Maura wants to expand her influence in her company, but she’s realizing some major barriers have existed there for years. “Maybe I should just find a new job in a company with a different culture,” she said to a trusted colleague over coffee. “I think you should stick it out,” said her colleague. “In any organization, you’re going to run into challenges to expanding your leadership influence. Effective leaders strive to pinpoint and overcome these challenges, her colleague added. Sometimes they eliminate an issue; other times, they learn to work with it. Here are four roadblocks to overcome for effective leadership influence.
The company needs a shared vision.
The vision is where it all begins. If all employees in your organization don’t share a strong vision, they’re not really clear on what they’re working toward together. That affects their clarity on roles and their individual and department goals and objectives, as well as overall morale. If you’re trying to expand your influence in a workplace that has no clear shared vision, motivating people will prove challenging. Plus, your ability to win the respect and approval of executives will be compromised if you don’t know what they envision the organization becoming. The solution: Talk with executives about the company’s strategy and vision, so you can understand it, speak to it, and communicate it to other members of the organization. Then set goals with your people that reflect this vision.
Dysfunctional office politics dominate company culture.
Unhealthy relationships and communication barriers make it harder to gain influence. If you’re trying to build a rapport with high-level execs, but many of them don’t get along, it may be hard to make connections with them. If managers play favorites, or favor certain types of projects just because they happen to like them more, you might have trouble making your ideas heard. However, you can still make yourself an indispensable part of the team, working to bring innovative solutions to the table to solve the big problems. You should also cultivate a team of allies who are influential players in the organization, and work to build positive relationships with everyone else. The effectiveness of your leadership, and thus, your influence, will grow when you have a strong rapport with everyone.
Roles and responsibilities are unclear.
It’s hard to build influence and be an impactful leader if you’re not quite sure what you’re doing. First and foremost, you need to have clarity in your own role in the organization—and your boss needs to be on the same page. Talk with your boss to make sure you both agree on your role and responsibilities. If you have questions about the roles and responsibilities of others, bring this up with your boss as well. If you speak with higher level executives, point out the need for increased clarity about roles and responsibilities. Ask questions about roles during meetings to clarify what each person on the team will do. Reaching out to people in other departments to ask them what they view as their role may also give you clarity. Plus, if it reveals any discrepancy between your boss’s view and their own, you can ask your boss or an exec to help iron out the issue.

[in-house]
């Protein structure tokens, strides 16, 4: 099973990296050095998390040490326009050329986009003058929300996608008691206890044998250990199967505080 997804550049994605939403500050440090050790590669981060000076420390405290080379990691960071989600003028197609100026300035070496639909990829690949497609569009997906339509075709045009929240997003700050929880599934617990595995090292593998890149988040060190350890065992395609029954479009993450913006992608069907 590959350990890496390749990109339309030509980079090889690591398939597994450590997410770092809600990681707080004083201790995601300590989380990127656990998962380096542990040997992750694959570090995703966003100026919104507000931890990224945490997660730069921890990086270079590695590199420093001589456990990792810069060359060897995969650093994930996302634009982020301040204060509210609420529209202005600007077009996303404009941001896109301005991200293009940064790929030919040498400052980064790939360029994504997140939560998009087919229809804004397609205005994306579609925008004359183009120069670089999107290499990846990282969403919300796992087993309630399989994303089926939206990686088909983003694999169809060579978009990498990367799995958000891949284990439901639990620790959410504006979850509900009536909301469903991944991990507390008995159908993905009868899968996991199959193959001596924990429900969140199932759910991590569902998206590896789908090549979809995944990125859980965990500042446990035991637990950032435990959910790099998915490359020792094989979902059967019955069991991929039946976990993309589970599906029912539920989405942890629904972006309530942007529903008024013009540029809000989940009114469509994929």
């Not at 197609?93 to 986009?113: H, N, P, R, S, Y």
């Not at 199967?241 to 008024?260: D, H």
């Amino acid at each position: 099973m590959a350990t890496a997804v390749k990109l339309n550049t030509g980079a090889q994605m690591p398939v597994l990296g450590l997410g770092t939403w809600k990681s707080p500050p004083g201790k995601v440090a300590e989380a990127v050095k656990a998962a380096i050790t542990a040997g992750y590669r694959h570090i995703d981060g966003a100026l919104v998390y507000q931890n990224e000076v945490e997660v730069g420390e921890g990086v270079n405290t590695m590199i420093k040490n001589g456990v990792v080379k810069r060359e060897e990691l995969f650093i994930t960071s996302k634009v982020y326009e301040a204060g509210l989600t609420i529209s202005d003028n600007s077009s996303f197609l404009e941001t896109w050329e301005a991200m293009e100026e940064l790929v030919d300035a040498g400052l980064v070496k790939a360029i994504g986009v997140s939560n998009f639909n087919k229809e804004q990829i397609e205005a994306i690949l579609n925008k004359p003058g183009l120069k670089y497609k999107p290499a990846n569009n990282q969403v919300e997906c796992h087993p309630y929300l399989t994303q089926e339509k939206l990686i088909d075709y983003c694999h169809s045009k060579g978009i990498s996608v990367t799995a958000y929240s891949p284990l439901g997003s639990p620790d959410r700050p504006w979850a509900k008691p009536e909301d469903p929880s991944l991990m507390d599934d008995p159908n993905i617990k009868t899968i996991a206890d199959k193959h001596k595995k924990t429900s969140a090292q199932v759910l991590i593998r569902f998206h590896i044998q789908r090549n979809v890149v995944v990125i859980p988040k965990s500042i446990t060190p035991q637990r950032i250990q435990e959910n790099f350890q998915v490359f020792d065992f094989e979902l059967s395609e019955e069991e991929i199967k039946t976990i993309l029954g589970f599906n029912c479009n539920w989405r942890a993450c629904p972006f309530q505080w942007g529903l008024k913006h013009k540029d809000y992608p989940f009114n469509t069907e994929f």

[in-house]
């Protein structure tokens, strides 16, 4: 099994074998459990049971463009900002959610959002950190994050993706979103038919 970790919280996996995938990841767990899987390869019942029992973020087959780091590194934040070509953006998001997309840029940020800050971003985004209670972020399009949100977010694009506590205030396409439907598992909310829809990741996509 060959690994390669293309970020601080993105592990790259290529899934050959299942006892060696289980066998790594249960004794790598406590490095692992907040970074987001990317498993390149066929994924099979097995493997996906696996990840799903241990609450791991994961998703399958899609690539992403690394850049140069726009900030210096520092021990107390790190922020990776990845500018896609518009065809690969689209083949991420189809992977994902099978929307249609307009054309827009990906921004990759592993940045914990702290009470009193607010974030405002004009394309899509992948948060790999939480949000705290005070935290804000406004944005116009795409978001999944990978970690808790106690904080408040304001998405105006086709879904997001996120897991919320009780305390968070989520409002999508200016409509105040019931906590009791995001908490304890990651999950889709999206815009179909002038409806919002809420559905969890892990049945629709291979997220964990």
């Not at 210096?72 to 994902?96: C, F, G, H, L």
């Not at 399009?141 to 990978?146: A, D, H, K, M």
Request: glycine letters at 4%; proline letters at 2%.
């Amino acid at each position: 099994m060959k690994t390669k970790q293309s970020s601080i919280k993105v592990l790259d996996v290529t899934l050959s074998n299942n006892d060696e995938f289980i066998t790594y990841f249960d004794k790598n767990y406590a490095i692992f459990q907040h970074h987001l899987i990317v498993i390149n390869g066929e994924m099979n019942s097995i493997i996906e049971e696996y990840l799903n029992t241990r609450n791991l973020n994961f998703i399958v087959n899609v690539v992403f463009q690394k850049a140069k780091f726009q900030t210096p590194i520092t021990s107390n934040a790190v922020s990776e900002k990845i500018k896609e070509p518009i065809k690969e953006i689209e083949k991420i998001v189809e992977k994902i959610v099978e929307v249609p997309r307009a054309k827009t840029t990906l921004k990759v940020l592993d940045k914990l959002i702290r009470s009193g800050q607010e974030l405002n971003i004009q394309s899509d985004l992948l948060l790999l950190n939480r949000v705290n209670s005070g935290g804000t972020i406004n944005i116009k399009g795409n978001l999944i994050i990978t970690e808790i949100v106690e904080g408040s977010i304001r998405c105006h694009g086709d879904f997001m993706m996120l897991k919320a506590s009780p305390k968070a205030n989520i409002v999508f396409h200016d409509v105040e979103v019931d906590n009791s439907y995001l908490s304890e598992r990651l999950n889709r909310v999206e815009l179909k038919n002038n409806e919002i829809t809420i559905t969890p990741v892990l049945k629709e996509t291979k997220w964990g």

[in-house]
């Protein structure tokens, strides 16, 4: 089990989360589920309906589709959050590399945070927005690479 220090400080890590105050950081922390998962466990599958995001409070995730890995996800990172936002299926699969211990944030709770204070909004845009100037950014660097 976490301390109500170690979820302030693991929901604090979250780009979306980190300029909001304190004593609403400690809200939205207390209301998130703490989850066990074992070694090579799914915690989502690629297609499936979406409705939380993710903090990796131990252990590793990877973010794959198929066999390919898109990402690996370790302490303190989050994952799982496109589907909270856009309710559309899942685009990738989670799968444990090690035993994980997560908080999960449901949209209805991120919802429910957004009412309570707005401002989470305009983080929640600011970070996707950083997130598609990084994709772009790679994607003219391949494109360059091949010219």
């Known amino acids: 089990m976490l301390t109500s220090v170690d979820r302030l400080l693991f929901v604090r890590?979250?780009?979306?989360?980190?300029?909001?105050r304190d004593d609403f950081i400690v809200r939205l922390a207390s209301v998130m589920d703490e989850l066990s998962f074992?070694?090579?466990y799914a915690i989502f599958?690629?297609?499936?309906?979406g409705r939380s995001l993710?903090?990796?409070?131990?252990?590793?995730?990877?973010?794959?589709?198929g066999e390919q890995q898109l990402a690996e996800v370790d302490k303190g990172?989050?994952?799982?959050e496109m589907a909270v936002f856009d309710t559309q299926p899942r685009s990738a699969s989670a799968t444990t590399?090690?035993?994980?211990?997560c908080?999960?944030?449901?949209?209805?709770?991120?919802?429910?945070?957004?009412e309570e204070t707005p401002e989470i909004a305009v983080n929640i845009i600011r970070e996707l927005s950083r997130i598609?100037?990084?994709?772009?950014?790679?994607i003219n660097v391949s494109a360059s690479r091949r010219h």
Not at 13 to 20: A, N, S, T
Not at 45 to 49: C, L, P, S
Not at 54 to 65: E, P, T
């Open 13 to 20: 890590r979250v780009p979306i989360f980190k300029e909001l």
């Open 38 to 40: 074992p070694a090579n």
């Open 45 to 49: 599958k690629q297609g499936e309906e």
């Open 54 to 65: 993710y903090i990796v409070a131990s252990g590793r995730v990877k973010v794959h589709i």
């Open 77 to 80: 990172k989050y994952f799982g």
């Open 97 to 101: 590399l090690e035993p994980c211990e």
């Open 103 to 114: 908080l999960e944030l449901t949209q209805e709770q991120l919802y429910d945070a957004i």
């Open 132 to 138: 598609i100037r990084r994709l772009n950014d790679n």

Workflow processes are undefined.
For various departments to successfully work together toward an end goal, you need a clear work schedule. Your timeline needs to show when each step needs to be accomplished, and how the project needs to be moved forward after each step. The whole team needs clarity about who relies on whom, when, and why. All team members will feel more driven when they understand exactly what the team needs them to do, and when. Without this information, the project is likely to flounder. That means you should never assume that people have clarity on the workflow process—you should spell out every step, create notes or a flow chart detailing it, and make sure everyone has a copy for future reference.
Maura found that asking questions about important issues like roles and vision demonstrated her leadership potential by showing she was thinking about the big picture. Strengthening the workflow processes of the team she managed boosted her track record as a leader. Like Maura, don’t be afraid to question the way things are—you might be the first who has had the courage to do it. Your leadership effectiveness and influence will grow as you work to strengthen people’s understanding of how the organization functions and what it’s working toward.
Joel Garfinkle works with companies throughout the U.S. and around the world as an executive coach and is a subject matter expert on leadership development.
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Speaker: Leonel Torrejon, CICP, ICCE
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Speaker: Chris Ring, NACM Secured Transaction Services